I am not certain I answered all your questions. If I missed something, please let me know.
Aha! Thank you for clearing that up! If could ask one more quick question: What if the word were fine, instead of finances? Would you use the letter sign to differentiate the f from a 6? As in:
Or, if I have chosen a bad example, what would you do if the word's letters could be mistaken for a number but the grade 1 terminator would not save space? I tried to find an example of this in the UEB manual but, unfortunately, I am not as familiar with this manual as I would like to be, so I may have overlooked it.
The reason for the grade 1 terminator for the example on page 54 is so that the contractions can be used in the word 'finances'. If you notice in the other two examples, no contractions are used after the numeric indicator.
The preferred method in transcribing things like this is the one that takes less space or makes reading easier. Using no contractions following the numeric indicator in shopping4you takes less space than inserting a terminator after the number and using contractions. In firstname.lastname@example.org, either way (contracted or not) takes the same space. I think this method was chosen because the uncontracted word is easier to read than if a grade 1 terminator was used and then the contractions.
edited by claurent on 3/10/2015
So the check mark is the radical without vinculum!
What's the date for update?
The Australian course is a comprehensive course for those who don't know braille at all...and I found it to be a great refresher for myself (speaking as someone who already knew braille before taking the course). There are two Canadian courses - one for new transcribers and an update certification for those already certified in literary braille. The update course is just that, it looks only at those things that are different. Both courses have positive aspects. You will need to decide if they are worth taking for you. The NLS course for new transcribers is close to being ready...and I know NLS is also working on an update certification for those already certified. I do not know exactly when they will be available...asap is what I hear. 🙂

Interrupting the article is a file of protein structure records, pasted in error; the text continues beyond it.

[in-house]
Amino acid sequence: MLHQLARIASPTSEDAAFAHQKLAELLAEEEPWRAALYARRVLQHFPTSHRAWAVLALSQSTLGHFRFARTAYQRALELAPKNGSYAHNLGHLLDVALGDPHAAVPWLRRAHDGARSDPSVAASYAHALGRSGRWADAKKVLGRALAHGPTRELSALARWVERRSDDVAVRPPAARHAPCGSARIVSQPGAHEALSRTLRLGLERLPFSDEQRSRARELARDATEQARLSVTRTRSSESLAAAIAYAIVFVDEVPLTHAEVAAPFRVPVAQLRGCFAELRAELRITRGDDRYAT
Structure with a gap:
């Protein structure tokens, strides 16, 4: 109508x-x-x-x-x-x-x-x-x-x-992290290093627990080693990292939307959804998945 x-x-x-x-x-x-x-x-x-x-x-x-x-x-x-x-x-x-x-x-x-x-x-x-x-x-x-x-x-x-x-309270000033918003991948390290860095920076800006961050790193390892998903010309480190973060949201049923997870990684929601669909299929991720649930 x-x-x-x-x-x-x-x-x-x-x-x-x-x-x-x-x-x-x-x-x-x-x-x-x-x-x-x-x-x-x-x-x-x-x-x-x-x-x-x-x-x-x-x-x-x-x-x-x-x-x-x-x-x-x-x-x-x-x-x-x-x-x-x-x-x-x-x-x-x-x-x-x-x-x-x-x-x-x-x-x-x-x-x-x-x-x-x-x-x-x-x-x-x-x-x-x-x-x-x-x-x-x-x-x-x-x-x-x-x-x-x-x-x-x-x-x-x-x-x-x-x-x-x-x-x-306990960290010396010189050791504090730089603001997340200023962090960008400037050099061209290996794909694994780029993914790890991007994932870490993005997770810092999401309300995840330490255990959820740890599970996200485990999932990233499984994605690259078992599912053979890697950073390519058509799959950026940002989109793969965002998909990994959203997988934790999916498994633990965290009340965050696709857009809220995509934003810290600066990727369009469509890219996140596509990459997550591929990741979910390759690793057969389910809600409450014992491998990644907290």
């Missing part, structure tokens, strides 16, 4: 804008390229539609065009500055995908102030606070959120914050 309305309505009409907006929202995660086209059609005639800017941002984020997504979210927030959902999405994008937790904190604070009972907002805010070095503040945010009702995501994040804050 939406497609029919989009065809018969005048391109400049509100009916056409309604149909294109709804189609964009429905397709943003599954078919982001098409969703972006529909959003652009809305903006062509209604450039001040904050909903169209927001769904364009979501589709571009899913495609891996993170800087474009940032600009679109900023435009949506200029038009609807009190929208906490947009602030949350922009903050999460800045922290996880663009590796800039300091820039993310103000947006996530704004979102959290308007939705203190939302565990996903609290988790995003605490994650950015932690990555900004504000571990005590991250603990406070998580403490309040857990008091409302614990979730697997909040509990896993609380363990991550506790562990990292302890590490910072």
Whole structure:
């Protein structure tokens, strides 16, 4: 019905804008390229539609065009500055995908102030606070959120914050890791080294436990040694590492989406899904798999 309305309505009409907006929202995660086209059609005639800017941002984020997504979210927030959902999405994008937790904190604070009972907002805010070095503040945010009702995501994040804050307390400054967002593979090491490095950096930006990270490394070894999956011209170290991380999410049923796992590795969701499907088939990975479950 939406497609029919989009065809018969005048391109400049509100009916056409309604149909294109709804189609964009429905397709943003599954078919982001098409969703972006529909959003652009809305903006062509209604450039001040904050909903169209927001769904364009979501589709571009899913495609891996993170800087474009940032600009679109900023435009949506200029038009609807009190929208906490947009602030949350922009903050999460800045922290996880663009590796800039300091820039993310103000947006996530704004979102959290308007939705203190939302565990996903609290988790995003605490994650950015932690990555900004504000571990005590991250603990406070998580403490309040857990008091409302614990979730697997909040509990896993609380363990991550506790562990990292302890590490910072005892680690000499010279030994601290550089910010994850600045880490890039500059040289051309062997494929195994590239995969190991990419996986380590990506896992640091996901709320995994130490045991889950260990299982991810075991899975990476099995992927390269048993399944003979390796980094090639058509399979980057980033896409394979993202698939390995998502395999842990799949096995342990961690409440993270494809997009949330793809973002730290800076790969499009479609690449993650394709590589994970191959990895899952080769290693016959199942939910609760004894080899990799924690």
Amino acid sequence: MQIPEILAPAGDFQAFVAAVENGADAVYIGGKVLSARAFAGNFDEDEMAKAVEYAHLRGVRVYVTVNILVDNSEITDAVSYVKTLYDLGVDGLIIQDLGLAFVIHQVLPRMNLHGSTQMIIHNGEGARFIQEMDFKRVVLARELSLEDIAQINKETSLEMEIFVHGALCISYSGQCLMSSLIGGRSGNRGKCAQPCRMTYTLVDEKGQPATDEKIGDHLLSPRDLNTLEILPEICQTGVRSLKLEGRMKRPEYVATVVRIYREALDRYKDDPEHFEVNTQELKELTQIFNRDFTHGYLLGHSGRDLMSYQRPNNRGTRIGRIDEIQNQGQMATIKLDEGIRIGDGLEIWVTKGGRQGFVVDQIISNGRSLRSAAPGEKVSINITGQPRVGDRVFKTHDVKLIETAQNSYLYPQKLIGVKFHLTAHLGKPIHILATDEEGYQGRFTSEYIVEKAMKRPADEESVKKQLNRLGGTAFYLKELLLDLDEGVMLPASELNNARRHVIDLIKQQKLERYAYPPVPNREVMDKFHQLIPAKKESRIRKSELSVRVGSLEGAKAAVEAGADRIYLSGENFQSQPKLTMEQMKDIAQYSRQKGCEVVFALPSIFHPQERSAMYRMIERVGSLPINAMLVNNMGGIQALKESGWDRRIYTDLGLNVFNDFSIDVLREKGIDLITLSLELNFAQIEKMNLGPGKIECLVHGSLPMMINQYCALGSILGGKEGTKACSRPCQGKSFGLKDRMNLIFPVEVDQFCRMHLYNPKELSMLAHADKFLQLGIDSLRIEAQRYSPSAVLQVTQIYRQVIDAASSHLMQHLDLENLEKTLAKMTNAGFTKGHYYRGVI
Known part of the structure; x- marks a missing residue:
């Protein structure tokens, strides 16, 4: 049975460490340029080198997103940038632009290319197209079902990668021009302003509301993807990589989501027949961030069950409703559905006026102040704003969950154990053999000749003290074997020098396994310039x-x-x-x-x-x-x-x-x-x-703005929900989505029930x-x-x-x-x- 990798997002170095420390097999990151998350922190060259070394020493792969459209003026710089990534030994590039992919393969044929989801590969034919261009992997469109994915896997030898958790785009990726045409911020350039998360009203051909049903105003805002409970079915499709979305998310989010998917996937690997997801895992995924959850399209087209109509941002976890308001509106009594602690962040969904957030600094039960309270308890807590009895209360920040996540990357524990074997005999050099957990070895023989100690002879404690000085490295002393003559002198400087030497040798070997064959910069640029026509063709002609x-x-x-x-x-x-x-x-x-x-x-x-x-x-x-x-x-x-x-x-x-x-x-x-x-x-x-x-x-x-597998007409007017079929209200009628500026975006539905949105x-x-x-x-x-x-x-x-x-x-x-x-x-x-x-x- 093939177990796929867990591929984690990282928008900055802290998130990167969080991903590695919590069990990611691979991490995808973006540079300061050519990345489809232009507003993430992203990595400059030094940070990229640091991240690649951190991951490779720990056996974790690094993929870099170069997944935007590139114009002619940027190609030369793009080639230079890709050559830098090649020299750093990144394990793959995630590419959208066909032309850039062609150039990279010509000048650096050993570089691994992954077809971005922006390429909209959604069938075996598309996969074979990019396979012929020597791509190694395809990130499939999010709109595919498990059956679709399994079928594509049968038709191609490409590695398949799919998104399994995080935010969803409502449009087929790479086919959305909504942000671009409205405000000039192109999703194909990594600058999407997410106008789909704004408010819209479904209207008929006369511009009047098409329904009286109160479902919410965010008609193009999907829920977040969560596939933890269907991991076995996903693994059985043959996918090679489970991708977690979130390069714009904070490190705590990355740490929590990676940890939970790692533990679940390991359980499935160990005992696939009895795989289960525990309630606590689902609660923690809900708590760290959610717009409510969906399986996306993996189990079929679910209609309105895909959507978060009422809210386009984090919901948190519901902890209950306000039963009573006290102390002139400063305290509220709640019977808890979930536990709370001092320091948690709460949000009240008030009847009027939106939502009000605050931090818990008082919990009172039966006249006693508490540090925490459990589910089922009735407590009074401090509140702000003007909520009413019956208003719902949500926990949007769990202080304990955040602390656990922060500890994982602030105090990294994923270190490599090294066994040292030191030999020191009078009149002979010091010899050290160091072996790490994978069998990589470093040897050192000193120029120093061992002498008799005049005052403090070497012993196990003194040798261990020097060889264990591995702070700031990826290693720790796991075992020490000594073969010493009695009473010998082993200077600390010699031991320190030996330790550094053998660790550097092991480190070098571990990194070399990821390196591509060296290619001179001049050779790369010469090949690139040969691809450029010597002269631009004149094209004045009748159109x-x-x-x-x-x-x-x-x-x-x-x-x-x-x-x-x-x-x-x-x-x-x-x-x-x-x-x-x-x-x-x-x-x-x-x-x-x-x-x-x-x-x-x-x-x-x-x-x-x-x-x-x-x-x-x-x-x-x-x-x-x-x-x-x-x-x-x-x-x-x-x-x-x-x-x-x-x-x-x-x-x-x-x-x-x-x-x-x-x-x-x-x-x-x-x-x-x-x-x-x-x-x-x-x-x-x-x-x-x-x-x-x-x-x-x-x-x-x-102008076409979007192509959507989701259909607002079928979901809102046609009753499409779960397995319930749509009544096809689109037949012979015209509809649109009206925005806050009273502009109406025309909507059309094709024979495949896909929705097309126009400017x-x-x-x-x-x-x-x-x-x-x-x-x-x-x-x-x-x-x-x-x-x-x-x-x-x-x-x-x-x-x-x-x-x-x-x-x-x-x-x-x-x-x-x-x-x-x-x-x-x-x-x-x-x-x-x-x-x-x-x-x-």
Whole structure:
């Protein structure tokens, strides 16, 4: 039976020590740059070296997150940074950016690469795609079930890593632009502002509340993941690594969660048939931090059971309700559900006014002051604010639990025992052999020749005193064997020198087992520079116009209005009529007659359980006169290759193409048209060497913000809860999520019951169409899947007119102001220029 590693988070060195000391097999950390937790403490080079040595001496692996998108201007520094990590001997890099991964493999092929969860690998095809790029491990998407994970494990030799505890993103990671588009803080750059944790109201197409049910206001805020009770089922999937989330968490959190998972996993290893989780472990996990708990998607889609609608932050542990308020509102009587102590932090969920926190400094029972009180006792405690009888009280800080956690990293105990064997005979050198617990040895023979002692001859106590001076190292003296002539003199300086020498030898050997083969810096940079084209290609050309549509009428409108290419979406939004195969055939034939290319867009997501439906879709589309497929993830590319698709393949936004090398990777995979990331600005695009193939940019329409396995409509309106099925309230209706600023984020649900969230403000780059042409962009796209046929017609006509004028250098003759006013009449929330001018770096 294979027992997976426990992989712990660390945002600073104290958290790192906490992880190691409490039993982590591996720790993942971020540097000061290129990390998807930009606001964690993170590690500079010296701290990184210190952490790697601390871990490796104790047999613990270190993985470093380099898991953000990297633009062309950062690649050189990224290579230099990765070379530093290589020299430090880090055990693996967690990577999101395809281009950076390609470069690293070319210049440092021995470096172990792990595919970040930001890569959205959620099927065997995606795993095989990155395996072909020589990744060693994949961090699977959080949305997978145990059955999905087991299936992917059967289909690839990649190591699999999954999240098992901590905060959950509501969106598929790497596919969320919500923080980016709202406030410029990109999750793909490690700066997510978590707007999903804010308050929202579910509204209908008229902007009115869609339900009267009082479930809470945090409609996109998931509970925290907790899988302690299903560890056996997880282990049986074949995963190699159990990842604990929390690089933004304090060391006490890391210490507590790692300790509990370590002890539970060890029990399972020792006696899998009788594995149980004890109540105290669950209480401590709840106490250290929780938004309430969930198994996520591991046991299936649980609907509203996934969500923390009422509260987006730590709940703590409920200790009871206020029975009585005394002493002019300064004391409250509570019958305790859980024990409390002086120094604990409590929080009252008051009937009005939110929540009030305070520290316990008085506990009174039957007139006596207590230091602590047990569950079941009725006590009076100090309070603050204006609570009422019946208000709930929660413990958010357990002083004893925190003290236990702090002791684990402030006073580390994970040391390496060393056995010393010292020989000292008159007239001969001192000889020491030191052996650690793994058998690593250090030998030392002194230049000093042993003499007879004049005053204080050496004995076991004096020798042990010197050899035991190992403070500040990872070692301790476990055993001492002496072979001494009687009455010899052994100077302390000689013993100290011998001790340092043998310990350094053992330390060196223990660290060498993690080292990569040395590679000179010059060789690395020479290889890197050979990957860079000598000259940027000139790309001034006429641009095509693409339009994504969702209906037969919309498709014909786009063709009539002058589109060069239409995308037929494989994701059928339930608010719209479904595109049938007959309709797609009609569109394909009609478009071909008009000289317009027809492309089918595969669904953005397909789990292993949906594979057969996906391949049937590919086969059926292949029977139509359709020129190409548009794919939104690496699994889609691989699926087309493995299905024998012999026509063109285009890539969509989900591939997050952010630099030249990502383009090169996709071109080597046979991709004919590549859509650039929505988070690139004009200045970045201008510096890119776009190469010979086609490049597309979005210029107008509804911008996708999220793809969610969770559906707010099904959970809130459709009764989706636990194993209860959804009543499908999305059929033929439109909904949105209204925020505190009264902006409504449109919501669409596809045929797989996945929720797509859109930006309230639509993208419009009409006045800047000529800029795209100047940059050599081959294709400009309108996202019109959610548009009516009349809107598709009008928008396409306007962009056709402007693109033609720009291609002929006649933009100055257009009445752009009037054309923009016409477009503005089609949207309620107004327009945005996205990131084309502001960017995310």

The next question might be, will agencies accept the Australian or Canada certifications? The answer is, ask the agencies you work for. They are not required to - though I have heard from those I work with that they will accept the Canadian or Australian certifications. Once the NLS certification is available, that may change. Each agency will have to decide that.
1) I don't think there is a rule about this. I would say do not use the 'st' contraction as the 's' also applies to the tprs.
2) No, there are no reference indicators in UEB. I am assuming you have numbered footnotes (since you asked about numbered reference indicators). See Section 3.24 of the UEB codebook for how UEB handles numbered references. The footnotes themselves would still be at the bottom of the print page under the footnote separation line.
4)I would say yes as well...but you might want to post that part of the question on the FL ask an expert.
5) There are no Computer Braille Code Symbols in UEB. So you don't need anything on the Special Symbols page or the TN page.
6) Again, I would say yes...but that is also a question for the the FL folks. According to UEB, FL in an English context does NOT use contractions (see Section 13.2). I think your understanding of 13.6.6 is correct.
7) Again, I will defer to the FL group on that one.
Sorry I could not answer all your questions. I do know that BANA has a task force established to determine some of these issues. I will forward your questions to them just to be sure they cover things like this!
Have a great day!
The correct order for the Publisher/Copyright segment of the title page is:
Thanks for bringing this to my attention. I had thought this problem was fixed.
In example 1, each letter stands for something so they would be individually capped. To double cap the string implies that the letter series is an abbreviation for one item.
S and F would need a letter indicator in the key. Only the cap sign is used with the letter in the drawing itself.
In example 2, I agree that the letters H and T would be treated as math expressions unspaced from the operation signs
The overview in Austin assumes little to no knowledge of UEB. With that said, some knowledge is always helpful in more quickly understanding the concepts presented. We are also preparing to start doing workshops that cover certain topics, using UEB as the base code (so, workshops as we've always done, but with UEB rather than EBAE as the base code).
The UEB code book can be confusing, I agree. I also went through the Australian course and found it helpful...though the first several lessons were a bit redundant for someone who already knows braille. It was a good refresher for me though!
NLS is working very closely with NFB to create an updated instruction manual using for UEB. We've been told it should be ready by January, 2015.